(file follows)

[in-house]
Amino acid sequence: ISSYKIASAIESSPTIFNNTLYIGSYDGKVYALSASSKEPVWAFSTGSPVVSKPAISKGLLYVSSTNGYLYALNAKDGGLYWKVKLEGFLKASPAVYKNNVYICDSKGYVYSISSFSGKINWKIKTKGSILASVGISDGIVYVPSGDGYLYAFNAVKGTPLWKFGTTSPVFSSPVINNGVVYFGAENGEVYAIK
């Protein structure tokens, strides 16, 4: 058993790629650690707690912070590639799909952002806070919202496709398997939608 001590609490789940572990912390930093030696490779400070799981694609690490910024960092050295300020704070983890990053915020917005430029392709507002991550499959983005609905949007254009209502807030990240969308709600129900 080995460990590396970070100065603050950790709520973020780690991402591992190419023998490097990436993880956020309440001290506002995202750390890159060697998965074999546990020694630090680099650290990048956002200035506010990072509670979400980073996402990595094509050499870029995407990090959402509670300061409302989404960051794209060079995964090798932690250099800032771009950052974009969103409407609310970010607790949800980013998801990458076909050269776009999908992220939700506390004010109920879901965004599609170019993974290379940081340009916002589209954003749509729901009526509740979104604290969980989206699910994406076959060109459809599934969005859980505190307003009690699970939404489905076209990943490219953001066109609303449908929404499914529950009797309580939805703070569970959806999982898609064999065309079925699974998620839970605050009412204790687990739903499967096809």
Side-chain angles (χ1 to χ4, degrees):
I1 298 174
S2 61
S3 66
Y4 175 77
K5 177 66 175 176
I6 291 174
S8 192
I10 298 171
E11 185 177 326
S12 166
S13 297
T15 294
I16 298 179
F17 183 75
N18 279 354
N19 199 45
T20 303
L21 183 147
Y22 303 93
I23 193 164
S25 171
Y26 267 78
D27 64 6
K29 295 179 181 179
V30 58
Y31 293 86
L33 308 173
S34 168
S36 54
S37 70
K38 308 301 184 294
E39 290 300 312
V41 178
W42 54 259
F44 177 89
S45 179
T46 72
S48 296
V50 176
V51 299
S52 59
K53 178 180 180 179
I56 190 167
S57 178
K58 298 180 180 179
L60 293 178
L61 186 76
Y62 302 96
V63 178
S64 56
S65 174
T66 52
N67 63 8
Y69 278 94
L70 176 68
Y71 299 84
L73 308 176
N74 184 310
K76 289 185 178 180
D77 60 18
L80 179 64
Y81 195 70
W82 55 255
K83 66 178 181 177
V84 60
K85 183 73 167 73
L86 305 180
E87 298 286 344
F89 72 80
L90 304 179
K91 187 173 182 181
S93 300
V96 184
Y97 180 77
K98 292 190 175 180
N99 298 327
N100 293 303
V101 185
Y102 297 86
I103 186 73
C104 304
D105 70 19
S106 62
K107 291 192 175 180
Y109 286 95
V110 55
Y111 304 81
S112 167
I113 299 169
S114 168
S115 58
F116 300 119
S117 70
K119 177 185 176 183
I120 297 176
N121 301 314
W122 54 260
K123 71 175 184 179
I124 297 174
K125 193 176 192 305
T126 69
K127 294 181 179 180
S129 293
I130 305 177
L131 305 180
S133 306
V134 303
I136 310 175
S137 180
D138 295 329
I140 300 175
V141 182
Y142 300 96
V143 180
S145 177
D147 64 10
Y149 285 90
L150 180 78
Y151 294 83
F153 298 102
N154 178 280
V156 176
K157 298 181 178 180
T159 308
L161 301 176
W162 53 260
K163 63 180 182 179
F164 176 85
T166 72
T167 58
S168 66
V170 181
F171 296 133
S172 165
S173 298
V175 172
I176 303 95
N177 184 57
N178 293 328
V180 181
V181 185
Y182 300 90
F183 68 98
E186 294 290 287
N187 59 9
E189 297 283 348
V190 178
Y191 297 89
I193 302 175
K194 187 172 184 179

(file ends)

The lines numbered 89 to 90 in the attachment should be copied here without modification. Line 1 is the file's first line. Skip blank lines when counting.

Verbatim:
Y109 286 95
V110 55